SRMC’s cancer-detecting tech ranks with the best

Dr. Peter Apicella, chief radiologist at Salem Regional Medical Center, looks at images taken by the hospital’s new 3D PET/CT scanner, showing great detail of a skeleton with blood vessels, a close-up of the blood vessels and the lungs and the heart. The idea is to detect even the smallest cancers sooner hroughout the body to allow for the best course of treatment. (Salem News photo by Mary Ann Greier)


Salem Regional Medical Center (SRMC) now offers patients the highest quality cancer-detecting technology in the nation, giving them a better chance at the best treatment options quicker, according to Dr. Peter Apicella.

Apicella serves as the hospital’s chief radiologist and said they’re very excited about the addition of a new next generation state-of-the-art 3D PET/CT scanner.

“All of this is to provide the best care for our community,” he said.

SRMC started using the new scanner just two weeks ago as a national showcase site for Siemens, the company which manufactured the next generation machine.

What’s more, the combination latest generation 128-detector CT and Positron Emission Tomography scanner uses half the radiation dose of older machines in half the time and creates the highest resolution, most detailed images available.

The new 3D PET/CT scanner at Salem Regional Medical Center can provide the highest resolution detailed images faster and with half the radiation dose of older scanners. (Photo provided by SRMC) pet3 Here’s a very sharp, precise image of a skeleton with the blood vessels taken by the new 3D PET/CT scanner. (Photo provided by SRMC)

What that means for patients is this — 4 seconds to create 4,000 images of every nook and cranny inside the body, every organ, every bone, every blood vessel, every muscle — meaning doctors will find every bit of cancer at once inside the entire body.

They’ll know the bottom line immediately so the best course of action can be determined for treatment right away.

“We feel very fortunate to have this next generation technology available to our patients so they have the best chance of survival from cancer,” Apicella said.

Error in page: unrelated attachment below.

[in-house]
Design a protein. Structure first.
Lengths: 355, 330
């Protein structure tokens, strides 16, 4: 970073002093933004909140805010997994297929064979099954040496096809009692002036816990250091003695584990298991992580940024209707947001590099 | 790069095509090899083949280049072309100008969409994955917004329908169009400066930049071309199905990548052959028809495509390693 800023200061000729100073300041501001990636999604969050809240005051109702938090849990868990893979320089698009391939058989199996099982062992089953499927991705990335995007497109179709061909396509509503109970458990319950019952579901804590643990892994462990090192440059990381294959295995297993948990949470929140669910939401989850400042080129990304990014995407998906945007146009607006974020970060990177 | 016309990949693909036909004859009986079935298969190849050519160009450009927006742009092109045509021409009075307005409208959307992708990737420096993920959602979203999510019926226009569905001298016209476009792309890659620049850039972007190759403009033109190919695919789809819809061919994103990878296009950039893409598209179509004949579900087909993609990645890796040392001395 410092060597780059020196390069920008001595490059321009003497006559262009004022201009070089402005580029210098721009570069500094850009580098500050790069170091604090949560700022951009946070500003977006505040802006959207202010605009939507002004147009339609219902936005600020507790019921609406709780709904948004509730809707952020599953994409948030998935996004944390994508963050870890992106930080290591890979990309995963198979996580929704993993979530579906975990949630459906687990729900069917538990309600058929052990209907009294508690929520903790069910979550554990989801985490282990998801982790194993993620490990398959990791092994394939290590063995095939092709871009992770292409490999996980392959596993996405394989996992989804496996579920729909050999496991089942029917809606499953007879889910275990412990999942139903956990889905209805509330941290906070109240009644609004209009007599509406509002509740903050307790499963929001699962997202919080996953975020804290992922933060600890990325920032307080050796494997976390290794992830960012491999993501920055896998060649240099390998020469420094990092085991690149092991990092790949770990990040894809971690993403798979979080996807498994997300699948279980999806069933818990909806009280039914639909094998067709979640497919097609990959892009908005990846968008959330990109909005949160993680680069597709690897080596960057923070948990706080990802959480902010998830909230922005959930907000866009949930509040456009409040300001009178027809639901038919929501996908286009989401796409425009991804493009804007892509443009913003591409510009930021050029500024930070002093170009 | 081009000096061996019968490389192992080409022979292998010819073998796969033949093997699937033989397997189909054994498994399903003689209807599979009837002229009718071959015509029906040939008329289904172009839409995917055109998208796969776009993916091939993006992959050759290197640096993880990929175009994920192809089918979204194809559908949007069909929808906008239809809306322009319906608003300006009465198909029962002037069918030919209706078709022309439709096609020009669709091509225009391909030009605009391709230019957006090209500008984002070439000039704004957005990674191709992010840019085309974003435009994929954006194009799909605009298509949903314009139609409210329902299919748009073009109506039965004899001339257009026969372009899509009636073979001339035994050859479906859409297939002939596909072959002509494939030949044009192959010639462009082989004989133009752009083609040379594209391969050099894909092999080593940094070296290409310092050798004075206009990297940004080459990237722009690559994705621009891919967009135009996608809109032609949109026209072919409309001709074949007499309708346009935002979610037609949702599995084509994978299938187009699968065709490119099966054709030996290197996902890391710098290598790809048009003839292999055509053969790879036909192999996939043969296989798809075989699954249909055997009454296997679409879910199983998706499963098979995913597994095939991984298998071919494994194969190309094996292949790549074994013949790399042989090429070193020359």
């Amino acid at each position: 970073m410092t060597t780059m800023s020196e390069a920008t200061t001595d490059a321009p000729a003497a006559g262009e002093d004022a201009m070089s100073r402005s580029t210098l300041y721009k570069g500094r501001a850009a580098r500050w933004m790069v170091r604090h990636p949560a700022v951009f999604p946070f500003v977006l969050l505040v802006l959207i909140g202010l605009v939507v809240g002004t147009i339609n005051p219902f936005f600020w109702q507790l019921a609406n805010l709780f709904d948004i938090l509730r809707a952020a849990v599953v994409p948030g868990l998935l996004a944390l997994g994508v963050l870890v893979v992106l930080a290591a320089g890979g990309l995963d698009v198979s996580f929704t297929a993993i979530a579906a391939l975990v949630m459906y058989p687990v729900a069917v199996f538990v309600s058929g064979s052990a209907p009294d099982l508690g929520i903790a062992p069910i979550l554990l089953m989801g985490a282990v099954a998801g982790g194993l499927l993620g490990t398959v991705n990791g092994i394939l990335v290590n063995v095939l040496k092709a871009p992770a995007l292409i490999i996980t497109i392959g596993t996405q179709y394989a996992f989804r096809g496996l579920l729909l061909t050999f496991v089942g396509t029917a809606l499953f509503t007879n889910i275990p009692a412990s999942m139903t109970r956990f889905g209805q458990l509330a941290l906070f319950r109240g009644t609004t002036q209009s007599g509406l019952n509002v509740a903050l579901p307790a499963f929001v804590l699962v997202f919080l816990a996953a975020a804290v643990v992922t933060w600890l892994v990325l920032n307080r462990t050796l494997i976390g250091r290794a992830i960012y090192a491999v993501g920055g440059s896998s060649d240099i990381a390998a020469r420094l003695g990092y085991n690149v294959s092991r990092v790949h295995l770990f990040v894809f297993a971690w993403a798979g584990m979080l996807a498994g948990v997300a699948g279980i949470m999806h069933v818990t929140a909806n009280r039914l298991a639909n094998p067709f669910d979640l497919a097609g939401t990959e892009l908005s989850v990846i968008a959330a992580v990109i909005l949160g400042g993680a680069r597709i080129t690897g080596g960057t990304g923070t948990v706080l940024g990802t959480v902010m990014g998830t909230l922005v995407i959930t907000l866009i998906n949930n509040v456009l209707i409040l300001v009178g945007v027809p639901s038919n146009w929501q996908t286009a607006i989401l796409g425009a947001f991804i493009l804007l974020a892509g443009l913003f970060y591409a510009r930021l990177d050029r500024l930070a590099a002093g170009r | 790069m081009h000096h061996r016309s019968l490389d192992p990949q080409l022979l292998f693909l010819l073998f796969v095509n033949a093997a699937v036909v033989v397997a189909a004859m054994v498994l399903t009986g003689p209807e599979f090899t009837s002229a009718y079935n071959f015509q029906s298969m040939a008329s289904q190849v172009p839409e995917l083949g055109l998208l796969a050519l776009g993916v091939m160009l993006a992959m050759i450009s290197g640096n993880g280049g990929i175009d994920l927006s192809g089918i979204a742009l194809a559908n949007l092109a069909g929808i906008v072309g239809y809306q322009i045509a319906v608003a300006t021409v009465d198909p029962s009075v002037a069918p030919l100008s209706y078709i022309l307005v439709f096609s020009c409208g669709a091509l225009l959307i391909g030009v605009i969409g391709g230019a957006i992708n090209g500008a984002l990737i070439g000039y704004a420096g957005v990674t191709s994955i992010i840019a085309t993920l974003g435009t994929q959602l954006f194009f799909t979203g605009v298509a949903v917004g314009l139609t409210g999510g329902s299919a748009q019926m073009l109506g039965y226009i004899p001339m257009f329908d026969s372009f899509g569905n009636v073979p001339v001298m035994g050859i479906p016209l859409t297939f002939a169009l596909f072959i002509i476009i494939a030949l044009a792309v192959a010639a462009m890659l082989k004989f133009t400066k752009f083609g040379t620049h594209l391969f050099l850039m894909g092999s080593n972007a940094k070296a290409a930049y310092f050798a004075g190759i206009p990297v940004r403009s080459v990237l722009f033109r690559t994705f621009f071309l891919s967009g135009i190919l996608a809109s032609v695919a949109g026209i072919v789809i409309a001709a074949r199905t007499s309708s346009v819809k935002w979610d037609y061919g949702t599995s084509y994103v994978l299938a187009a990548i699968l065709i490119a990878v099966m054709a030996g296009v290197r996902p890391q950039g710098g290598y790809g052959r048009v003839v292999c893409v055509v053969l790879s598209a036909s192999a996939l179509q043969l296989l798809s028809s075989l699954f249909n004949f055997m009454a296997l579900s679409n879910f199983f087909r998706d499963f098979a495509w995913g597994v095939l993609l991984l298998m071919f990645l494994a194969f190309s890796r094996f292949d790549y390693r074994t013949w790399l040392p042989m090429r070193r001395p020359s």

The process uses sugar to see the cancer because cancer cells eat more sugar than normal cells. In a quiet nearby room, the patient is injected with a tiny amount of radioactive sugar, then relaxes for a hour to give the sugar a chance to work.

Once inside the open scanner, the patient just lays there. The process takes under 15 minutes. The scanner can also accommodate a patient up to 500 pounds.

Here’s a very sharp, precise image of a skeleton with the blood vessels taken by the new 3D PET/CT scanner. (Photo provided by SRMC)

“I think it’s going to be really good for our patients,” Apicella said.

The head of the oncology program at University Hospitals in Cleveland came to see the new scanner and according to Apicella, his comment was that the 3D PET/CT images were the sharpest and highest quality he’s ever seen.

SRMC is the first hospital to offer the technology within an eight-state region of the country. The Cleveland Clinic, University Hospitals and hospitals in Pittsburgh don’t have it. Siemens selected SRMC to showcase the scanner, recognizing the hospital as a regional leader in advanced medical imaging and giving a discount on the price.

SRMC was the first in the area to offer PET scanning to look for cancer in the 1990s. In the early 2000s, a combined PET/CT scanner opened up the world to diagnosing cancers anywhere in the body. Now 20 years later, the hospital has the 3D next generation PET/CT scanner to diagnose more cancer. SRMC is continuing to invest in the community.

“The quality of technology has advanced tremendously in the last few years,” Apicella said.

The hospital’s advanced imaging services include 3D mammography, the fastest Dual-128 CT Scanner with 3D cardiac CT, 3D virtual CT colonoscopy and low dose lung cancer screening CT, the area’s first open 3T MRI including the highest detailed breast and prostate 3T MRI and the latest high definition ultrasound.

The new 3D PET/CT scanner is covered by all insurances, Medicare and Medicaid and can save money due to early diagnosis and the ability to provide the correct treatment plan first. Doctors can pinpoint the exact size, location and extent of the cancer, reducing the need for some of the more invasive procedures for diagnosis and target the treatment.

Combined with this and the radiation therapy available at the University Hospitals Seidman Cancer Center at SRMC, patients can receive their cancer care close to home.

SRMC has invited health care professionals and hospital supporters to an unveiling of the new scanner on April 3. Anyone from the community interested can contact public relations at 330-332-7214.



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